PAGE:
Explaining the Duties

It’s going to be dicier if the customer asks the agent what it means for her to be a dual rather than an exclusive agent. In a dual agency case (or in an exclusive agency for that customer)—when the agent is a fiduciary—she will owe a duty of “utmost care, integrity, honesty, and loyalty,” whereas in the nonfiduciary case (as an agent only for the other side), she will owe only “[d]iligent exercise of reasonable skill and care in performance of [her] duties” and “honest and fair dealing and good faith”—to use the language of CC §2079.16—qualified by the fact that she also will have “[a] duty to disclose all facts known to [her] materially affecting the value or desirability of the property.”

Because I, as a law professor of some 50 years’ experience, have trouble explaining such differences to a layperson or law students, I have serious doubt about the ability of nonlawyer brokers or salespersons to make them understandably clear to their clients. Is not spotting a termite a failure only of utmost care, or also of reasonable skill and care? Is failing to warn that loan rates are about to change a lack of integrity or loyalty, or of fair dealing and good faith? And so on.

The supreme court did not make these distinctions any easier to grasp by observing that (1 C5th at 1040):

The fiduciary duty of disclosure that Horiike alleges Cortazzo breached is, in fact, strikingly similar to the nonfiduciary duty of disclosure that Cortazzo would have owed Horiike in any event. Even in the absence of a fiduciary duty to the buyer, listing agents are required to disclose to prospective purchasers all facts materially affecting the value or desirability of a property that a reasonable visual inspection would reveal. And regardless of whether a listing agent also represents the buyer, it is required to disclose to the buyer all known facts materially affecting the value or desirability of a property that are not known to or reasonably discoverable by the buyer. Our Courts of Appeal have held, to take a few examples, that a listing agent had a duty to disclose to the seller the fact that a murder had occurred on the property, that “a neighborhood contains an overtly hostile family who delights in tormenting their neighbors with unexpected noises or unending parties,” that a lot was filled with debris thereafter covered over, that the house sold was constructed on filled land, and that improvements were added without a building permit and in violation of zoning regulations or in violation of building codes. [All citations omitted.]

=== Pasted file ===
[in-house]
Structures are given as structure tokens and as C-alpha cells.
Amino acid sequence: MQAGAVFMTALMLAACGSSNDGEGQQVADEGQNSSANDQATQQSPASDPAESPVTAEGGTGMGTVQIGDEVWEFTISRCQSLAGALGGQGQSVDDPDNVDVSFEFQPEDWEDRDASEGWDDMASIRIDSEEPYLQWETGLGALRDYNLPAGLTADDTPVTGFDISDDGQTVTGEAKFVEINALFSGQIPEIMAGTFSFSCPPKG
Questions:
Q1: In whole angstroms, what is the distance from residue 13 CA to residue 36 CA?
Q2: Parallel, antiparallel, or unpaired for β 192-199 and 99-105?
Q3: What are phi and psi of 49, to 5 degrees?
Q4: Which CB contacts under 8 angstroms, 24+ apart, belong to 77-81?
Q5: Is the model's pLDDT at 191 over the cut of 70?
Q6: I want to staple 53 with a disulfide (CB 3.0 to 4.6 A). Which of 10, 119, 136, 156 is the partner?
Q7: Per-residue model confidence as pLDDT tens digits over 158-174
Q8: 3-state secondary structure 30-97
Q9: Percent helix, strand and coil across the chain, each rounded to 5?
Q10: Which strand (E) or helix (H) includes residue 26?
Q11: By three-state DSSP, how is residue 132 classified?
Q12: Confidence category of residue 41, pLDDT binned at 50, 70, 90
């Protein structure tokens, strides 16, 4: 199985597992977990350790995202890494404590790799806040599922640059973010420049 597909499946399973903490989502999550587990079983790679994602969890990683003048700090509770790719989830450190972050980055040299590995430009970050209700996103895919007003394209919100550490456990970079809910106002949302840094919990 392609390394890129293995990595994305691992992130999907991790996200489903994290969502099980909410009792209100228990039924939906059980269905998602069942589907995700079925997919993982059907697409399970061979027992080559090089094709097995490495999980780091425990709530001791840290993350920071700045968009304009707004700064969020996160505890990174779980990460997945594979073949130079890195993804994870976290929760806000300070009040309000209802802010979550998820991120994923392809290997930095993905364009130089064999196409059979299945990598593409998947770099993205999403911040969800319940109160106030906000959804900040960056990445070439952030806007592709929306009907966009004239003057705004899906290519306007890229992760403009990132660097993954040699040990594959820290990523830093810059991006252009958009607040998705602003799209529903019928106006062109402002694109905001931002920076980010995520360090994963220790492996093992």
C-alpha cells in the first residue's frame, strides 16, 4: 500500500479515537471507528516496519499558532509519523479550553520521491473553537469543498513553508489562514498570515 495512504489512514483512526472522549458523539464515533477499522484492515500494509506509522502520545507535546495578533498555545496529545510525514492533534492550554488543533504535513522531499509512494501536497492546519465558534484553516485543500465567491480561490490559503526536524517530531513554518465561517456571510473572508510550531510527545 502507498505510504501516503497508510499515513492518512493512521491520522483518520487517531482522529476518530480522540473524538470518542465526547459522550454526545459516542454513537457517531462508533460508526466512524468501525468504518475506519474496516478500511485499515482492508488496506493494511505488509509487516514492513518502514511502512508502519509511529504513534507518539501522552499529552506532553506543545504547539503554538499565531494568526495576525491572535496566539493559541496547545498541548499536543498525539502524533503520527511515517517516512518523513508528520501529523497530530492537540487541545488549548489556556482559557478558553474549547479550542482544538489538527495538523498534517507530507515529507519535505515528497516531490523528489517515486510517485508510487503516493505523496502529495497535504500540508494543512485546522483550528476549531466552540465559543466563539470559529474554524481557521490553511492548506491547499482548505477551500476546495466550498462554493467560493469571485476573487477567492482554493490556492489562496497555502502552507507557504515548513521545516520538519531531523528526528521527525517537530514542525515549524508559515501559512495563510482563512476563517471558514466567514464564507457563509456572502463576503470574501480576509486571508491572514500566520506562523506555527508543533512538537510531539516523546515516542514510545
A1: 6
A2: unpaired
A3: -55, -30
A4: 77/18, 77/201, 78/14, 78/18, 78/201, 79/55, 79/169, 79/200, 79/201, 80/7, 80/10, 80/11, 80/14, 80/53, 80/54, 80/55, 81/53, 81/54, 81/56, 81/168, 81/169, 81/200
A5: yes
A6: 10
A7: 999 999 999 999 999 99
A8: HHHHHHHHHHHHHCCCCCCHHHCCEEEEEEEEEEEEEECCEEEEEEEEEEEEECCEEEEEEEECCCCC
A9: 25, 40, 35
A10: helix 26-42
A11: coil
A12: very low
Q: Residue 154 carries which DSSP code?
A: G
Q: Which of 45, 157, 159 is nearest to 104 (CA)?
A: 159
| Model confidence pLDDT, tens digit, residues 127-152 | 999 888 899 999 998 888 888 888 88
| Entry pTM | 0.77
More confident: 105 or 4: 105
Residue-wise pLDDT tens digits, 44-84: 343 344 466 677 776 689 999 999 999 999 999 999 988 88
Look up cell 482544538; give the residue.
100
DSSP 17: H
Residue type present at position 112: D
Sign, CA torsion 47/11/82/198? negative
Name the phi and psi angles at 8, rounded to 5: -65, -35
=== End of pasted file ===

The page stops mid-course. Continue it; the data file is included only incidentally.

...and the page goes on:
Would even experienced real estate professionals have known that these were all general duties, owed even by nonprincipals’ nonagents, if the courts hadn’t told them so (and after the fact)? Would you have known?

                                                                                               The Particular Duties

Nor does the court help matters as to the particular facts involved here. It opined (1 C5th at 1040):

The primary difference between the disclosure obligations of an exclusive representative of a seller and a dual agent representing the seller and the buyer is the dual agent’s duty to learn and disclose facts material to the property’s price or desirability, including those facts that might reasonably be discovered by the buyer.

From this, “learn and disclose” seem to be the important buzzwords for describing fiduciary obligations, that phrase appearing several times in the opinion. But are such disclosure obligations really imposed only on fiduciaries? The statutory form states that the disclosure duties imposed on an exclusive seller’s agent are owed to both buyer and the seller, as are the disclosure duties owed by an exclusive buyer’s agent (and as are the dual agent’s duties), imported through virtue of the provision’s reference to “[o]ther duties to the Seller and the Buyer as stated above in their respective sections.” CC §2079.16. Is it therefore clear that disclosing, if not also learning, is a general, nonfiduciary duty, as well as a fiduciary one? Can we really advise a salesperson that she does not have to (discover and) disclose some important fact because she is not a fiduciary? Is that what you would tell a broker or salesperson who asked for guidance?

Are you as confused as I am?


  40 Real Property Law Reporter 12 (Cal CEB Jan. 2017), © The Regents of the University of California, reprinted with permission of CEB.